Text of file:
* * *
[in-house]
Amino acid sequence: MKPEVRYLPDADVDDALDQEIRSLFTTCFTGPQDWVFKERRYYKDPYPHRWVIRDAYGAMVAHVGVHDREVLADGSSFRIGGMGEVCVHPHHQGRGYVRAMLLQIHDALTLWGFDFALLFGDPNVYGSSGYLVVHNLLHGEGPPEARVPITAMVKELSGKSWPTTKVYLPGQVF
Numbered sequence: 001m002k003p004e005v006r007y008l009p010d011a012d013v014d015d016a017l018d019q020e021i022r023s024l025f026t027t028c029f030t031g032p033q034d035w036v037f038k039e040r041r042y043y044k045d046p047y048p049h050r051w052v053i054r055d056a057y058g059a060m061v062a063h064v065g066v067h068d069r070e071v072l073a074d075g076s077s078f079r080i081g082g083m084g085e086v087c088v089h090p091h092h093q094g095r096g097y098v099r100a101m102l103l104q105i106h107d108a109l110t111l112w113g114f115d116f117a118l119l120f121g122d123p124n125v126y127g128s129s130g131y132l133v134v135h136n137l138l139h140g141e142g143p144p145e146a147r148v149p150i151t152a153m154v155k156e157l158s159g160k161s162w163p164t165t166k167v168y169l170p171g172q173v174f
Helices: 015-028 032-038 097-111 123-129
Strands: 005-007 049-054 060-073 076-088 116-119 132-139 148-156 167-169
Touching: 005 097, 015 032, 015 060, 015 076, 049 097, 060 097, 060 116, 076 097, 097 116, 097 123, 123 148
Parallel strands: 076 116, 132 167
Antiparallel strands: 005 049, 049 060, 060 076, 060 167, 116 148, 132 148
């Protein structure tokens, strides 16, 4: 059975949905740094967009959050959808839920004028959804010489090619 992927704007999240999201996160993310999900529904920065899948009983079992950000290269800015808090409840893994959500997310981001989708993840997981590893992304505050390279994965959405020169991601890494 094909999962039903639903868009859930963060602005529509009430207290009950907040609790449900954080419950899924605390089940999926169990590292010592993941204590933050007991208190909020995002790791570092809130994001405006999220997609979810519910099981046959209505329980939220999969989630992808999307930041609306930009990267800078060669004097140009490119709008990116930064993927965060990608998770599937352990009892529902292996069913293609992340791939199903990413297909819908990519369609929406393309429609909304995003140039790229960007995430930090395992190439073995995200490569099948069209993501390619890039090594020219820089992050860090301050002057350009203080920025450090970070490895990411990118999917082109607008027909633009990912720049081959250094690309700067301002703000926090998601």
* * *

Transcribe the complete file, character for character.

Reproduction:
[in-house]
Amino acid sequence: MKPEVRYLPDADVDDALDQEIRSLFTTCFTGPQDWVFKERRYYKDPYPHRWVIRDAYGAMVAHVGVHDREVLADGSSFRIGGMGEVCVHPHHQGRGYVRAMLLQIHDALTLWGFDFALLFGDPNVYGSSGYLVVHNLLHGEGPPEARVPITAMVKELSGKSWPTTKVYLPGQVF
Numbered sequence: 001m002k003p004e005v006r007y008l009p010d011a012d013v014d015d016a017l018d019q020e021i022r023s024l025f026t027t028c029f030t031g032p033q034d035w036v037f038k039e040r041r042y043y044k045d046p047y048p049h050r051w052v053i054r055d056a057y058g059a060m061v062a063h064v065g066v067h068d069r070e071v072l073a074d075g076s077s078f079r080i081g082g083m084g085e086v087c088v089h090p091h092h093q094g095r096g097y098v099r100a101m102l103l104q105i106h107d108a109l110t111l112w113g114f115d116f117a118l119l120f121g122d123p124n125v126y127g128s129s130g131y132l133v134v135h136n137l138l139h140g141e142g143p144p145e146a147r148v149p150i151t152a153m154v155k156e157l158s159g160k161s162w163p164t165t166k167v168y169l170p171g172q173v174f
Helices: 015-028 032-038 097-111 123-129
Strands: 005-007 049-054 060-073 076-088 116-119 132-139 148-156 167-169
Touching: 005 097, 015 032, 015 060, 015 076, 049 097, 060 097, 060 116, 076 097, 097 116, 097 123, 123 148
Parallel strands: 076 116, 132 167
Antiparallel strands: 005 049, 049 060, 060 076, 060 167, 116 148, 132 148
């Protein structure tokens, strides 16, 4: 059975949905740094967009959050959808839920004028959804010489090619 992927704007999240999201996160993310999900529904920065899948009983079992950000290269800015808090409840893994959500997310981001989708993840997981590893992304505050390279994965959405020169991601890494 094909999962039903639903868009859930963060602005529509009430207290009950907040609790449900954080419950899924605390089940999926169990590292010592993941204590933050007991208190909020995002790791570092809130994001405006999220997609979810519910099981046959209505329980939220999969989630992808999307930041609306930009990267800078060669004097140009490119709008990116930064993927965060990608998770599937352990009892529902292996069913293609992340791939199903990413297909819908990519369609929406393309429609909304995003140039790229960007995430930090395992190439073995995200490569099948069209993501390619890039090594020219820089992050860090301050002057350009203080920025450090970070490895990411990118999917082109607008027909633009990912720049081959250094690309700067301002703000926090998601």